9.7 Identifying allies and opponents

Advocacy is generally most successful when carried out in partnership with other groups or influential individuals that are concerned with the same policy goal. CARE particularly prioritizes collaboration with crisis affected people-led, refugee/IDP-led, and women-led partners. Benefits of advocating through alliances and coalitions include:

  • increased resources, experience, credibility and visibility,
  • enhanced local advocacy capacity by working in coalition with local groups,
  • a degree of protection or ‘safety in numbers’ (more protection with larger numbers of individuals).

Allies may be identified at the policy analysis stage, or they may be local and international actors – including governments – with whom the CO or partners have worked previously. NGO and UN coordination groups and forums often exist in emergency situations and can be the ideal place to seek allies, form coalitions, or contribute to ongoing advocacy initiatives. The considerations in section 8 can help the CO and partners to determine whether it should play a leading or supporting role in the coalition or partnership.

When establishing coalitions, it is crucial to:

  • be clear about the issue for which people are coming together to advocate,
  • identify specifically what the coalition will and will not aim to do,
  • be clear about the roles and responsibilities of all the organisations, and what participation other partners expect from CARE,
  • select a small steering committee to plan and coordinate different activities if the group is large, ensuring that affected people and women are among the decision makers,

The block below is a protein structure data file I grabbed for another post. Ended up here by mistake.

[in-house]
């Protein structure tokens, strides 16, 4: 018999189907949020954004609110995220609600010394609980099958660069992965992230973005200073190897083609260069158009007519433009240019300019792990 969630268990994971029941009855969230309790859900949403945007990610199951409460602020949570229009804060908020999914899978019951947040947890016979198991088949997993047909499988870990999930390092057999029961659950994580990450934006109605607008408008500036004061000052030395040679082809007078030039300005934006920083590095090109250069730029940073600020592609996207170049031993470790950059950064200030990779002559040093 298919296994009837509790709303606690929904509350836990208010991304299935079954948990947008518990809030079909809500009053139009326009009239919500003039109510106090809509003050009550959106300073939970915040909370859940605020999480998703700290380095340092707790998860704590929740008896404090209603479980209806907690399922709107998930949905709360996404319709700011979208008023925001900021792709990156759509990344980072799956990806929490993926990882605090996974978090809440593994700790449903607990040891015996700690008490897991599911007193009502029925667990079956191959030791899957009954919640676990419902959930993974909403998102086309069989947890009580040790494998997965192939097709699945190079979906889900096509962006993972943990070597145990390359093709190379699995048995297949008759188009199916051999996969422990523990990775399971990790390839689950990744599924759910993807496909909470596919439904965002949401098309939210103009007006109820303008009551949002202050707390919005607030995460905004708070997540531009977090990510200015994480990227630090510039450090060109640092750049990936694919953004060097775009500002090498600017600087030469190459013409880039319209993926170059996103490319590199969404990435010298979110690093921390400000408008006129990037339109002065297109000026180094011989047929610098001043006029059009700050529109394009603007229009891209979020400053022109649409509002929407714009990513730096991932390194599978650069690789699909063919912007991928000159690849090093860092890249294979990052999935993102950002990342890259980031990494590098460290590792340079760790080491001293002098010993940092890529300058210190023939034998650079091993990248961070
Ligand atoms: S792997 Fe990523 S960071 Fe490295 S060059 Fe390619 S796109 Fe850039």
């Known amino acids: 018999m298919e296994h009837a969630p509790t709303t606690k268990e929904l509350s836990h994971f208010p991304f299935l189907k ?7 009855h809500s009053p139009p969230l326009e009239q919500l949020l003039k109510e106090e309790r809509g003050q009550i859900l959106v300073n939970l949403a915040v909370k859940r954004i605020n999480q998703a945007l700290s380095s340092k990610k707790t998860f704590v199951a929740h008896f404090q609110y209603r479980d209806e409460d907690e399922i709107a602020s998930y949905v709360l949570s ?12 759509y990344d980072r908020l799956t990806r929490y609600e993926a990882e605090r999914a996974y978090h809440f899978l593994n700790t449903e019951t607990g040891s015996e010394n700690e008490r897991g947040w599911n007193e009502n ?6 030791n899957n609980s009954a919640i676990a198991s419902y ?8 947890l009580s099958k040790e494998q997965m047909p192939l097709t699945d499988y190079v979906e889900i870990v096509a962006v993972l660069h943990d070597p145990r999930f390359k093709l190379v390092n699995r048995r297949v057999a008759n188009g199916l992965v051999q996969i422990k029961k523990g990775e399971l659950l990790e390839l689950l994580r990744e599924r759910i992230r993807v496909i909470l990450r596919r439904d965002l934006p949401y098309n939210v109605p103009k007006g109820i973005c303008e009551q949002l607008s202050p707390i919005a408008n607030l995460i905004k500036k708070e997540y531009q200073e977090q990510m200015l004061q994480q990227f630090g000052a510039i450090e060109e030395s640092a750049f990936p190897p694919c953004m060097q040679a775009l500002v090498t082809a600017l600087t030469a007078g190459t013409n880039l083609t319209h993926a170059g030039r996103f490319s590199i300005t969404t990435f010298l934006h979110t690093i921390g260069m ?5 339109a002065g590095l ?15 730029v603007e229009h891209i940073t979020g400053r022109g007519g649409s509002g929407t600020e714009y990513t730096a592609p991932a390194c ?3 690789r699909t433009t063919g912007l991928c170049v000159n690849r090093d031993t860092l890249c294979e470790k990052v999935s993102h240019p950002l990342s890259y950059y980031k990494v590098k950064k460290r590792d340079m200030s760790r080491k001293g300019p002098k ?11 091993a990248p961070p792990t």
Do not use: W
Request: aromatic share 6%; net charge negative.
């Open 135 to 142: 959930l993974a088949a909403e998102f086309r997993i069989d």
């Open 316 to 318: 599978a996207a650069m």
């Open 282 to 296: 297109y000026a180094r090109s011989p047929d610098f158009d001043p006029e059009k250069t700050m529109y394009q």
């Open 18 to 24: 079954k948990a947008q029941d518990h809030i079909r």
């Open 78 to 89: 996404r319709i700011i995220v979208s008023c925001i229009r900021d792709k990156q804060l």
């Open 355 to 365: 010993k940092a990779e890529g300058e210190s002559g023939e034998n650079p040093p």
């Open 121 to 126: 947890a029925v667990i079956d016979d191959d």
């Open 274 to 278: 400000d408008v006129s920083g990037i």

• develop a brief ‘code of conduct’ to ensure mutual commitments and respect, as well as protocols for interaction (e.g., with the media, with the HCT, etc.) as a coalition,
  • assess progress periodically and make changes if needed, in collaboration with partners.

The Feminist Humanitarian Network (FHN) is another forum with opportunities for coordination. At the local level, where FHN has members, COs could effectively partner with other FHN members. At the international level, the FHN is a strong ally on localization, GEEWGiHA, and other areas closely relevant to CARE’s advocacy priorities.

It is also important to identify who may oppose the policy goal. These opponents should either become targets for advocacy themselves, if possible, or consider other ways to reduce or neutralise their influence (see Annex 11.9 Allies and Opponents Tool).

Collaboration allows for flexibility of roles. One organisation may choose publicly to report and denounce violations, while another may pass on information confidentially. Some may choose to engage in active advocacy while others work ‘behind the scenes’ to protect and promote rights, often by maintaining a presence with people at risk. Collaboration should, above all, reflect CARE’s commitment to localization, participation, leadership, and accountability to affected people, especially women and girls. (See CARE’s Humanitarian Advocacy Strategy.)

Source: Inter-Agency Standing Committee (IASC) 2002. Growing the sheltering tree: Protecting rights through humanitarian action.